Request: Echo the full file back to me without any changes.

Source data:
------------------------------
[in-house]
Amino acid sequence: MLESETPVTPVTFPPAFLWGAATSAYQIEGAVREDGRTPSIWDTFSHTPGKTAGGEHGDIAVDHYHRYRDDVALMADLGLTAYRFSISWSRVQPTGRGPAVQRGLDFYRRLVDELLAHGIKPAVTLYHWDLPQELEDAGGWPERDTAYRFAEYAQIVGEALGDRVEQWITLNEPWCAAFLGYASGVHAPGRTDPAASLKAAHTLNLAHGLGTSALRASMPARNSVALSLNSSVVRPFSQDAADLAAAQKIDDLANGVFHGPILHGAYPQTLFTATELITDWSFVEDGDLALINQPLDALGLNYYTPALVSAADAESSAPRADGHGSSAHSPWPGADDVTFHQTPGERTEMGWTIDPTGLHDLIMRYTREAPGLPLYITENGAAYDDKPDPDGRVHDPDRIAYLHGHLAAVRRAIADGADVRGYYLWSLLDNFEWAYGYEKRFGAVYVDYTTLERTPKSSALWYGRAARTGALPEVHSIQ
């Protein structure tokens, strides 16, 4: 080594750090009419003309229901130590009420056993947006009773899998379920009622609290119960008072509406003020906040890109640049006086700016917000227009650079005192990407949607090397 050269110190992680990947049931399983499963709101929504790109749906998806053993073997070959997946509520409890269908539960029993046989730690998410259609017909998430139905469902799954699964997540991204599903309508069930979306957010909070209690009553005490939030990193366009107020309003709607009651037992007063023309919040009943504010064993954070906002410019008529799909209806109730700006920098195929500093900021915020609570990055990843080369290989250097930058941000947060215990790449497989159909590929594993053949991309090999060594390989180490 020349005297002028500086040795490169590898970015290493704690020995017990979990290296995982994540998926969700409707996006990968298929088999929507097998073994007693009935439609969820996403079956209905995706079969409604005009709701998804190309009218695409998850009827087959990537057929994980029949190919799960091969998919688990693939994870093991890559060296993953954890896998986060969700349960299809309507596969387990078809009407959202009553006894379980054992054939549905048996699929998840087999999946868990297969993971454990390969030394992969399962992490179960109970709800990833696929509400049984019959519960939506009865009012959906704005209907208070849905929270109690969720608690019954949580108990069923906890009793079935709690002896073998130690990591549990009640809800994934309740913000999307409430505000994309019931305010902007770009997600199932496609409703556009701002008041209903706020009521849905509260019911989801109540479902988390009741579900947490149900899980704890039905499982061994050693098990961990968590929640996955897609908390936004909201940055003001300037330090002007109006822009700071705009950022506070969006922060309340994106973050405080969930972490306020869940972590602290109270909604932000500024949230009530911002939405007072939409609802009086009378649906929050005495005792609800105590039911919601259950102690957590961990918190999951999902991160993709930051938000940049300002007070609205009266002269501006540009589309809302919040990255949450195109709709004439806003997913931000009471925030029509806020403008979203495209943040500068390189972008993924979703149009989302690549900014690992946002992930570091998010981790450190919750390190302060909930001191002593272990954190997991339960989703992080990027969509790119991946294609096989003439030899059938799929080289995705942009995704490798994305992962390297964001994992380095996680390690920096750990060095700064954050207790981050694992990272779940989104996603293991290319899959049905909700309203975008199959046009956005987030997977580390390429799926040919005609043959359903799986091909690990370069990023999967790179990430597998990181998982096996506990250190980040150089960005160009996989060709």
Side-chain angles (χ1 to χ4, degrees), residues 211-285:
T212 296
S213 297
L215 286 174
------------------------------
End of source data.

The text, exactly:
[in-house]
Amino acid sequence: MLESETPVTPVTFPPAFLWGAATSAYQIEGAVREDGRTPSIWDTFSHTPGKTAGGEHGDIAVDHYHRYRDDVALMADLGLTAYRFSISWSRVQPTGRGPAVQRGLDFYRRLVDELLAHGIKPAVTLYHWDLPQELEDAGGWPERDTAYRFAEYAQIVGEALGDRVEQWITLNEPWCAAFLGYASGVHAPGRTDPAASLKAAHTLNLAHGLGTSALRASMPARNSVALSLNSSVVRPFSQDAADLAAAQKIDDLANGVFHGPILHGAYPQTLFTATELITDWSFVEDGDLALINQPLDALGLNYYTPALVSAADAESSAPRADGHGSSAHSPWPGADDVTFHQTPGERTEMGWTIDPTGLHDLIMRYTREAPGLPLYITENGAAYDDKPDPDGRVHDPDRIAYLHGHLAAVRRAIADGADVRGYYLWSLLDNFEWAYGYEKRFGAVYVDYTTLERTPKSSALWYGRAARTGALPEVHSIQ
């Protein structure tokens, strides 16, 4: 080594750090009419003309229901130590009420056993947006009773899998379920009622609290119960008072509406003020906040890109640049006086700016917000227009650079005192990407949607090397 050269110190992680990947049931399983499963709101929504790109749906998806053993073997070959997946509520409890269908539960029993046989730690998410259609017909998430139905469902799954699964997540991204599903309508069930979306957010909070209690009553005490939030990193366009107020309003709607009651037992007063023309919040009943504010064993954070906002410019008529799909209806109730700006920098195929500093900021915020609570990055990843080369290989250097930058941000947060215990790449497989159909590929594993053949991309090999060594390989180490 020349005297002028500086040795490169590898970015290493704690020995017990979990290296995982994540998926969700409707996006990968298929088999929507097998073994007693009935439609969820996403079956209905995706079969409604005009709701998804190309009218695409998850009827087959990537057929994980029949190919799960091969998919688990693939994870093991890559060296993953954890896998986060969700349960299809309507596969387990078809009407959202009553006894379980054992054939549905048996699929998840087999999946868990297969993971454990390969030394992969399962992490179960109970709800990833696929509400049984019959519960939506009865009012959906704005209907208070849905929270109690969720608690019954949580108990069923906890009793079935709690002896073998130690990591549990009640809800994934309740913000999307409430505000994309019931305010902007770009997600199932496609409703556009701002008041209903706020009521849905509260019911989801109540479902988390009741579900947490149900899980704890039905499982061994050693098990961990968590929640996955897609908390936004909201940055003001300037330090002007109006822009700071705009950022506070969006922060309340994106973050405080969930972490306020869940972590602290109270909604932000500024949230009530911002939405007072939409609802009086009378649906929050005495005792609800105590039911919601259950102690957590961990918190999951999902991160993709930051938000940049300002007070609205009266002269501006540009589309809302919040990255949450195109709709004439806003997913931000009471925030029509806020403008979203495209943040500068390189972008993924979703149009989302690549900014690992946002992930570091998010981790450190919750390190302060909930001191002593272990954190997991339960989703992080990027969509790119991946294609096989003439030899059938799929080289995705942009995704490798994305992962390297964001994992380095996680390690920096750990060095700064954050207790981050694992990272779940989104996603293991290319899959049905909700309203975008199959046009956005987030997977580390390429799926040919005609043959359903799986091909690990370069990023999967790179990430597998990181998982096996506990250190980040150089960005160009996989060709």
Side-chain angles (χ1 to χ4, degrees), residues 211-285:
T212 296
S213 297
L215 286 174